The rapid pace of global warming and ice melting at the poles have underscored the "critical" need for the United States to build four new polar icebreaker ships, US officials said Tuesday. Congress called for the report amid concerns about the United States' lack of a fleet -- with just three aging icebreakers, one of which is entirely broken down, and another designed mainly for science research. "For more than 30 years, studies have underscored the need for US icebreakers to maintain presence, sovereignty, leadership, and research capacity, but the nation has failed to make the recommended investments," said an accompanying statement by Richard West, retired rear admiral of the US Department of the Navy and chair of the committee that authored the report.
Amazon Prime Day: Best strategies for scoring deals
JAY GORY, MANAGING EDITOR, science
Tech experts Daniel DeSilva and Andrea Smith share their tips on how to make the most of Amazon's third annual Prime Day sales
The US will fund brain
JAY GORY, MANAGING EDITOR, science
Today, the U.S. Department of Defense selected Angle’s small San Jose-based company, Paradromics Inc., to lead one of six consortia it is backing with $65 million to develop technologies able to record from one million individual neurons inside a human brain simultaneously. In April, Elon Musk announced he was backing Neuralink, a $100 million company working on a brain-computer interface. Facebook followed up by saying that it had started work on a thought-to-text device to let people silently compose e-mails or posts.
‘Dynamic defrosting’ tech promises to clear your windshield 10 times faster
JAY GORY, MANAGING EDITOR, science
Hate waking up early to defrost your car windshield? Researchers from Virginia Tech are here to help, courtesy of new technology that’s capable of defrosting surfaces 10 times faster than normal.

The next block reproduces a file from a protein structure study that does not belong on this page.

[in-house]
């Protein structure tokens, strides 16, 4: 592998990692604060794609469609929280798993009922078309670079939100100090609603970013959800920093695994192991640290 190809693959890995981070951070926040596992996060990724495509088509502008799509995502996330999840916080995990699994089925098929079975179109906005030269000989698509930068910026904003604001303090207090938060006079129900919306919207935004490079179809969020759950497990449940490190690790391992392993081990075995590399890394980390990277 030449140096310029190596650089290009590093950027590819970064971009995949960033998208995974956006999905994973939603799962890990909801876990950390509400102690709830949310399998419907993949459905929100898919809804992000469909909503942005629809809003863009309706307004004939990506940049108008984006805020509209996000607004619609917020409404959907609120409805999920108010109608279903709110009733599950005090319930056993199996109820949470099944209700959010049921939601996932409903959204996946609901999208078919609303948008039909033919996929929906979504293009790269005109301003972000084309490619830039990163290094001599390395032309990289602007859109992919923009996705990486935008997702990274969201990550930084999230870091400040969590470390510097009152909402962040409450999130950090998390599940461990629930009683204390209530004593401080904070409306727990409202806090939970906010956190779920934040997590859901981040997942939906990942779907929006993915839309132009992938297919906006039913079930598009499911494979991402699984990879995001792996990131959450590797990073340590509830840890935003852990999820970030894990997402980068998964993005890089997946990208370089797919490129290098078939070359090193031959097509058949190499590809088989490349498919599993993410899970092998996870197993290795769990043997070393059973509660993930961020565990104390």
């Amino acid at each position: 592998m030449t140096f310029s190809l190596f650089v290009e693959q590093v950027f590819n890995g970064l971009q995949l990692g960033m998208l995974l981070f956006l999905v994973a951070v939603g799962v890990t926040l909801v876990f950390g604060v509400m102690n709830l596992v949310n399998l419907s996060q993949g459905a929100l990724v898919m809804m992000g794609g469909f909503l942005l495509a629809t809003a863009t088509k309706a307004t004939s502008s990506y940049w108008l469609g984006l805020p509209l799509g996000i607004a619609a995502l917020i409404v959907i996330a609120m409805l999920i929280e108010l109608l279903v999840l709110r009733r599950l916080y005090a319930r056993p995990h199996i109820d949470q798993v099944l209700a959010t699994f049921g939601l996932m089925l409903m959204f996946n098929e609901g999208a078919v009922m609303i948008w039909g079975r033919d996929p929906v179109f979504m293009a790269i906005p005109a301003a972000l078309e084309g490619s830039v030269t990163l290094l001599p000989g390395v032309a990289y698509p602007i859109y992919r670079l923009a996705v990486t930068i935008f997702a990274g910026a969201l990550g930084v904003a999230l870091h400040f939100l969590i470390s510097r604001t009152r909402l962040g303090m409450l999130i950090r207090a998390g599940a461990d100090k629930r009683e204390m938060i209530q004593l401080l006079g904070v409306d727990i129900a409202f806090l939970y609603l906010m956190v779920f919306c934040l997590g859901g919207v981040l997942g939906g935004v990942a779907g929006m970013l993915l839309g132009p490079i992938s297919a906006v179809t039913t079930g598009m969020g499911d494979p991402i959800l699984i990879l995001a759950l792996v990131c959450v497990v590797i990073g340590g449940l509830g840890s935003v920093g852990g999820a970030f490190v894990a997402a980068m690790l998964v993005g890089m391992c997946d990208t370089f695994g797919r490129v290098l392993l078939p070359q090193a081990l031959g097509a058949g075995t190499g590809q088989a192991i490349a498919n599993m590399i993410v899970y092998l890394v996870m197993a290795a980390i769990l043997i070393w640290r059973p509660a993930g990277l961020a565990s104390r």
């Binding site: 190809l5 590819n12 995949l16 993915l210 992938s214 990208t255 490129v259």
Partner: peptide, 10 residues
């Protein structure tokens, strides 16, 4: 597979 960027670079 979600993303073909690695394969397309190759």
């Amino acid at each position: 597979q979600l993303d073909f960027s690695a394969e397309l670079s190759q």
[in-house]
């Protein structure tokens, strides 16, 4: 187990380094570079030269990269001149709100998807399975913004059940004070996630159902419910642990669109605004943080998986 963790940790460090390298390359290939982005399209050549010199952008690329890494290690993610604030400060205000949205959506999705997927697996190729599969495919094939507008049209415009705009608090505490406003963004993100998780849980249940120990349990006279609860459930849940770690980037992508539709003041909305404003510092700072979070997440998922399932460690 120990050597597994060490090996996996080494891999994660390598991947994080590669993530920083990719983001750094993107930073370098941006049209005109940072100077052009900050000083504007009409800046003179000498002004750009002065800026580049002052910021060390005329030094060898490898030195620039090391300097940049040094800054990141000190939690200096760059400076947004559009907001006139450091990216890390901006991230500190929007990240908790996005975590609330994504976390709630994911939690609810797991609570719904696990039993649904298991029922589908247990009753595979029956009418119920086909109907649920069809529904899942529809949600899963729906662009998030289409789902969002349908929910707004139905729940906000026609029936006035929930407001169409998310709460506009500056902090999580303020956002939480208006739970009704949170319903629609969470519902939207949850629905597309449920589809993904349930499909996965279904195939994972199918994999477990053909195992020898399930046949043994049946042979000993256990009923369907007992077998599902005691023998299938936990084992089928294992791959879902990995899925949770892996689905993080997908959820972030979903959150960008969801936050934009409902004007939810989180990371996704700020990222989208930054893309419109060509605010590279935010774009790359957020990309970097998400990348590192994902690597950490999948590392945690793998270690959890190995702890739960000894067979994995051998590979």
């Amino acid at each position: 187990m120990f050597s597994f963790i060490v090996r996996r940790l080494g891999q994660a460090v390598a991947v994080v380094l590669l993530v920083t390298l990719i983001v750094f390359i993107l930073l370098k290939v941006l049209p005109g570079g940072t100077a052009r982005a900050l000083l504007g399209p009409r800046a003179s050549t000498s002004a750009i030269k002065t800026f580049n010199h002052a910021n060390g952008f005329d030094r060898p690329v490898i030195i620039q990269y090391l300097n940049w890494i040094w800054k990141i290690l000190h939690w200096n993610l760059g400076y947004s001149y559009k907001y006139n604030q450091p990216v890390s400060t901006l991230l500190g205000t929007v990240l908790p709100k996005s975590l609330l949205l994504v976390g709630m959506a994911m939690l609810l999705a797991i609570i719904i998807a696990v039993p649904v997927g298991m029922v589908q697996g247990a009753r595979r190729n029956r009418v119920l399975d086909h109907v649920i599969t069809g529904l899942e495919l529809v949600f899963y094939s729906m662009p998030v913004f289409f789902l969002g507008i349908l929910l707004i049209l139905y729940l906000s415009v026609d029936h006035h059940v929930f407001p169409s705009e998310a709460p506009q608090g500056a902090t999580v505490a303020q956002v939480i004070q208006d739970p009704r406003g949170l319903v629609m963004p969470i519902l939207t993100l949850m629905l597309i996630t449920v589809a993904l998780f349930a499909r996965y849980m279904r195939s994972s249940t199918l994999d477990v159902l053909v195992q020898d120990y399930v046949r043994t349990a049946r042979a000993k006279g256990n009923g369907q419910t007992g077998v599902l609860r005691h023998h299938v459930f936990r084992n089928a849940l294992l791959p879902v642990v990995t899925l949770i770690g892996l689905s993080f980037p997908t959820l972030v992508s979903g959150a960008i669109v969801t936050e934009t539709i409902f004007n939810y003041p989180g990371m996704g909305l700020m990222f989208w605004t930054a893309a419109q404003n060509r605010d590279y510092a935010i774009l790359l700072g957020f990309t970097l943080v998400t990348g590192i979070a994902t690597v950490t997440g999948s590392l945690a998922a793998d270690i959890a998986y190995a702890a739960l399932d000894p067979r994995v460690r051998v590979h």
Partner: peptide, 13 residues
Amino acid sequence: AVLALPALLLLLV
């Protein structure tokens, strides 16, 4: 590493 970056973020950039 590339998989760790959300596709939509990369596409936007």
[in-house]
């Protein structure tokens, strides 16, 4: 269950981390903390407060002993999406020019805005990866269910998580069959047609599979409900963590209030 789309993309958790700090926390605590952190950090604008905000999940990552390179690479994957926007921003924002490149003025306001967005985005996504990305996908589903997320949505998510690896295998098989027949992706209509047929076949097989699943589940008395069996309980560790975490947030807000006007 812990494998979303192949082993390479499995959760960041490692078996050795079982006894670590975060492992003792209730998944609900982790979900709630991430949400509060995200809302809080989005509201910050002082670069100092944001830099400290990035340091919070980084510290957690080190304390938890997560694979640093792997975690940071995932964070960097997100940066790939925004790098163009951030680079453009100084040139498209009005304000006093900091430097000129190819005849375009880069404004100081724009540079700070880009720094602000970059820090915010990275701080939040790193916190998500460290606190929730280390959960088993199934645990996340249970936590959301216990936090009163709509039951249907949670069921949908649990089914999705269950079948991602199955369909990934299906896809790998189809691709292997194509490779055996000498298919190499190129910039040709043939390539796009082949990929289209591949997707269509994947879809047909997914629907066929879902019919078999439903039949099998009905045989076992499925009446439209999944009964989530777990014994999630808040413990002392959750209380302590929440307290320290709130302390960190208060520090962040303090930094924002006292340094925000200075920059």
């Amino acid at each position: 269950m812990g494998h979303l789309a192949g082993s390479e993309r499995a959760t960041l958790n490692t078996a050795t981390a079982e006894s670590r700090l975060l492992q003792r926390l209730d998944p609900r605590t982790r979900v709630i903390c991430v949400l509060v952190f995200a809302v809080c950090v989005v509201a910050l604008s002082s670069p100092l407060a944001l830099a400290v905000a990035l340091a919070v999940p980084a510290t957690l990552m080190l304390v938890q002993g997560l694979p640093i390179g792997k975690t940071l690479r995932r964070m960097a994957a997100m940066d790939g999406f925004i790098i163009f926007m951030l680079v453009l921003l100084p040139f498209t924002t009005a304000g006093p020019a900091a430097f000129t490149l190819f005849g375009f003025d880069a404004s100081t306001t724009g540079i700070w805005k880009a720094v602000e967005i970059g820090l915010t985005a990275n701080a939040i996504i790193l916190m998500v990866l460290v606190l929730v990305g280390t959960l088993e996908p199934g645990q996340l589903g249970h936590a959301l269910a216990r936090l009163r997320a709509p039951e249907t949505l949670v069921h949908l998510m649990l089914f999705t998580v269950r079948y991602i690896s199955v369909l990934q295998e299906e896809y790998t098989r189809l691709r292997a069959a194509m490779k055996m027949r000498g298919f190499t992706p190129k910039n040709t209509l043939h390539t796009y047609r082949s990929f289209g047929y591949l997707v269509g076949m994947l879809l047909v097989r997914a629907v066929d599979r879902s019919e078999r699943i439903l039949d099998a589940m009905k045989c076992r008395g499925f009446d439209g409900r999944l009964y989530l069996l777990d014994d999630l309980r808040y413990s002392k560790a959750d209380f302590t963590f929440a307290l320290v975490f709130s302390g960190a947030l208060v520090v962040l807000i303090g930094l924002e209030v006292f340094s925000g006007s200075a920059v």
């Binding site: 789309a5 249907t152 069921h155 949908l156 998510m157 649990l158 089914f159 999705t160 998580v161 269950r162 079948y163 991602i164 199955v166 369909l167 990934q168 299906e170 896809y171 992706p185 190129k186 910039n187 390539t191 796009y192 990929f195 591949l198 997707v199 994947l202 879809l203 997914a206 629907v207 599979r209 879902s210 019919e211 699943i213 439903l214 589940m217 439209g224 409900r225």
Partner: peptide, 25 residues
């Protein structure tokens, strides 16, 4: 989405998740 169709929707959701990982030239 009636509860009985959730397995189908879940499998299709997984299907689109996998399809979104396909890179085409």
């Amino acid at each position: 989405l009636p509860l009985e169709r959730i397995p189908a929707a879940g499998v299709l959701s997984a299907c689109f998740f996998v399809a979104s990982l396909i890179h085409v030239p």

U.S. Military Gives Out $65 Million to Develop Brain Implants That Could Treat Blindness and Deafness
JAY GORY, MANAGING EDITOR, science
The quest to create a real link between machines and human brains has potentially groundbreaking consequences. If high-functioning implants can be developed to link human brains with computers, people who have gone blind or deaf could possibly receive sensory information that would restore some, if not all, of their lost capabilities. An agency of the U.S. military announced Monday that it was stepping up its investment and pursuit of this goal.
Trump FBI pick Christopher Wray expected to field questions on independence
JAY GORY, MANAGING EDITOR, politics
President Trump’s nominee for new FBI director, Christopher Wray, will face the Senate Judiciary Committee on Wednesday morning, when he’s expected to be grilled about Russian interference in the 2016 election and his ability to keep the FBI independent from the White House.
Trump Jr.’s meeting with Russian lawyer: A timeline
JAY GORY, MANAGING EDITOR, politics
Key events related to the Trump campaign and Moscow, June 2016 — present.
Report: Foe of Venezuela's government bites steakhouse diner
JAY GORY, MANAGING EDITOR, odd news